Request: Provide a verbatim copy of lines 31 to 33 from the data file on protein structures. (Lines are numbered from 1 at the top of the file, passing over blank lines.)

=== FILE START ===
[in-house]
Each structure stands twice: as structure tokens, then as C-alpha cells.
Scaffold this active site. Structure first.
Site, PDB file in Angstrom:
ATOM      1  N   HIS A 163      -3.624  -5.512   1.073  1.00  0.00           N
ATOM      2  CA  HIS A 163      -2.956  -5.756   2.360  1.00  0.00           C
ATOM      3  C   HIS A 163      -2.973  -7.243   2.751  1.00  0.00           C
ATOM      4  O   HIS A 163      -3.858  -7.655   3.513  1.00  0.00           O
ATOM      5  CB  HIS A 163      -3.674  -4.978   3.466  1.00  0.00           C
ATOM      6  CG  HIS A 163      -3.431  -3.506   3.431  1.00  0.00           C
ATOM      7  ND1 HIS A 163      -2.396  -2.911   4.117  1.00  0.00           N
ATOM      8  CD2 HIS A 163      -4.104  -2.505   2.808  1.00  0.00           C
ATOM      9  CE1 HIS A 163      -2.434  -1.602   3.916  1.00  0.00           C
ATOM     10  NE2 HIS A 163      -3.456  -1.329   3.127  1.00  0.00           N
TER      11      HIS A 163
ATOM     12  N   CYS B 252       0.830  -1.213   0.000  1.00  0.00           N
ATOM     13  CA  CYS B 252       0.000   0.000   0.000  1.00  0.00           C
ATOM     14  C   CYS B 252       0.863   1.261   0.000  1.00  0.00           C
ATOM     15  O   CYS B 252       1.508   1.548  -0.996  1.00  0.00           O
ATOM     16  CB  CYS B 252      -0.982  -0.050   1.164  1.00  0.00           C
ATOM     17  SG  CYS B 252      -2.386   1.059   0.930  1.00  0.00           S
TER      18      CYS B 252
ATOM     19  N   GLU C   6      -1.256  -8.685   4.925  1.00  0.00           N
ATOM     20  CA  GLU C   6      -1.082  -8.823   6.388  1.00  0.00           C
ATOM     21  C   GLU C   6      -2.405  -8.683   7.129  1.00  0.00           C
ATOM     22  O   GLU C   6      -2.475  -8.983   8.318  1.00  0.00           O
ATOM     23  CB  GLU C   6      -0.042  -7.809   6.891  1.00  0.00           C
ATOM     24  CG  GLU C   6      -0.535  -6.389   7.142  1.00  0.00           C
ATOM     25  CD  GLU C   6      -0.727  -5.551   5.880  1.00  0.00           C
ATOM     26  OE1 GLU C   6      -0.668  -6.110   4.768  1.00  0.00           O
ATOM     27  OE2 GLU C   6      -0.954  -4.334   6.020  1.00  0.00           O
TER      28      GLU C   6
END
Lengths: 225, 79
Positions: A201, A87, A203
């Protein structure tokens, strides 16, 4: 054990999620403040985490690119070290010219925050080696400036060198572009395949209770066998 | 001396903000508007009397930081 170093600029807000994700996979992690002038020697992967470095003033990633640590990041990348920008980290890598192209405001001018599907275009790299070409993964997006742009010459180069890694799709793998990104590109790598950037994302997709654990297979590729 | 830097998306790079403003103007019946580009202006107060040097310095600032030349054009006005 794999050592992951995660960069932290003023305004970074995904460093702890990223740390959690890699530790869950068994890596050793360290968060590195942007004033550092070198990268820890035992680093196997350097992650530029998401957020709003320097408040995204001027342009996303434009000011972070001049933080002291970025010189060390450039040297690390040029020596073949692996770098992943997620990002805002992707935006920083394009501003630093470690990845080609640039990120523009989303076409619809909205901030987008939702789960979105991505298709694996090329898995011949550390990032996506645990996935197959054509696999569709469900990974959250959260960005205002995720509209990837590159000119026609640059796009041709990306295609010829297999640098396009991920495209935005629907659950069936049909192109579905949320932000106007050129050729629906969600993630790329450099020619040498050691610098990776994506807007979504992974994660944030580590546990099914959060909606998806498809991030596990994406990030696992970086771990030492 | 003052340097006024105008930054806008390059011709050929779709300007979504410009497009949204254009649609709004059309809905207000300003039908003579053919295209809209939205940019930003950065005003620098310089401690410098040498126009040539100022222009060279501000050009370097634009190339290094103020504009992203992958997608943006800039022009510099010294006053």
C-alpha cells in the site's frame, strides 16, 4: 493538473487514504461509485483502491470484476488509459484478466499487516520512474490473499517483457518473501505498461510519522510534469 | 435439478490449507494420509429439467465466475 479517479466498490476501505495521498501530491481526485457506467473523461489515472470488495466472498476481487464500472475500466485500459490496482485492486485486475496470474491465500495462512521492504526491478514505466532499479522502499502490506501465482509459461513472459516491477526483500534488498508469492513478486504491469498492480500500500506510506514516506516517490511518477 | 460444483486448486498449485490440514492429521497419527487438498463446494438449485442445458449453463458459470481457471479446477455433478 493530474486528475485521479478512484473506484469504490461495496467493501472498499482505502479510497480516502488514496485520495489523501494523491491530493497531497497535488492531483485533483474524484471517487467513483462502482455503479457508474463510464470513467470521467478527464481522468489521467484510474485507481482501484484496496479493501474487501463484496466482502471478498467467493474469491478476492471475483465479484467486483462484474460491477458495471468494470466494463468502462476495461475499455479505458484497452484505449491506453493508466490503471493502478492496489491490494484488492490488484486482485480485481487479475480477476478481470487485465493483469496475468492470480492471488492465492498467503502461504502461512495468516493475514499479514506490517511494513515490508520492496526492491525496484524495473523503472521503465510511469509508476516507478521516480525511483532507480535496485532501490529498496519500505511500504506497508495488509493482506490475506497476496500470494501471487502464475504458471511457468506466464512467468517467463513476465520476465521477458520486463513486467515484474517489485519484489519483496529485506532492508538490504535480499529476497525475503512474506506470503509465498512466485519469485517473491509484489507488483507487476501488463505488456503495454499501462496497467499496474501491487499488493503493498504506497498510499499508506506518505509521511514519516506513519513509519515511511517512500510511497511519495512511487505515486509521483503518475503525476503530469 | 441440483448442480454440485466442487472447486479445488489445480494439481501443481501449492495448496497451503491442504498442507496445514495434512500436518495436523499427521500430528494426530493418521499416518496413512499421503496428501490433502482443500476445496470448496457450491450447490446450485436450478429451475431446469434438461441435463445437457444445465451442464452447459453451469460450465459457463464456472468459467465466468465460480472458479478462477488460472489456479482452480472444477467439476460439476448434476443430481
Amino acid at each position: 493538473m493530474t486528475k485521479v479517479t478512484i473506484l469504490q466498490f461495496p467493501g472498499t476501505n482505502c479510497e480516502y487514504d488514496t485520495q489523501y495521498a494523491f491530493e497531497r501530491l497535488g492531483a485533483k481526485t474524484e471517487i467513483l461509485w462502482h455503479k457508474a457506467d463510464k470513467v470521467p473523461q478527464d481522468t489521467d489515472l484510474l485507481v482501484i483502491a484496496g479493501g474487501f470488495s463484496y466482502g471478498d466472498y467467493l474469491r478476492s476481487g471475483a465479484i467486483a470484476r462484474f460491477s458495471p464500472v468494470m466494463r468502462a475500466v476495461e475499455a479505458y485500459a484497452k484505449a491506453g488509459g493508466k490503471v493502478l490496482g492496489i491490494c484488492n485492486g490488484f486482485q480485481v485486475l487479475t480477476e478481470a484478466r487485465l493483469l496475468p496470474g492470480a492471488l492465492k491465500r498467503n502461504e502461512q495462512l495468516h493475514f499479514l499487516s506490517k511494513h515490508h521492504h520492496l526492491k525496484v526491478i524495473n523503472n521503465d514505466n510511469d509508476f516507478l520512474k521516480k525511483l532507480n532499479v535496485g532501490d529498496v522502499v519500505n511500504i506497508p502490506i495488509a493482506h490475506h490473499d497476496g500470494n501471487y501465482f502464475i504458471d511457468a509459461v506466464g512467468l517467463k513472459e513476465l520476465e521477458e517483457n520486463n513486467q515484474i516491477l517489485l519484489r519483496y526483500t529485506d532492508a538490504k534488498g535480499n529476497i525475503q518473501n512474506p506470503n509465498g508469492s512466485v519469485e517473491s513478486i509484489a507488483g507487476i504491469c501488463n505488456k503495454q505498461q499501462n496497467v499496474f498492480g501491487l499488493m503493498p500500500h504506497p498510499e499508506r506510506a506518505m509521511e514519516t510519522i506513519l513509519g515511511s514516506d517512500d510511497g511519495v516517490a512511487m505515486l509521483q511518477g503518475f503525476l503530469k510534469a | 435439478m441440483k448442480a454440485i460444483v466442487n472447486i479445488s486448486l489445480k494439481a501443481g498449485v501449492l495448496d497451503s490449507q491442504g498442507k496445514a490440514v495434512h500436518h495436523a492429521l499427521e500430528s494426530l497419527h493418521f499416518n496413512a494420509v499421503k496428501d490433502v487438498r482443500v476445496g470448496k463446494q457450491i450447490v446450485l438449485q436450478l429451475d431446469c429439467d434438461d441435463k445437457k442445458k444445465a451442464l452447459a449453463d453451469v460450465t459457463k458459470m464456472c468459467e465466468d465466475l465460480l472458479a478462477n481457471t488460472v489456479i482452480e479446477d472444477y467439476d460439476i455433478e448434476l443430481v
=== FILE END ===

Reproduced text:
ATOM     27  OE2 GLU C   6      -0.954  -4.334   6.020  1.00  0.00           O
TER      28      GLU C   6
END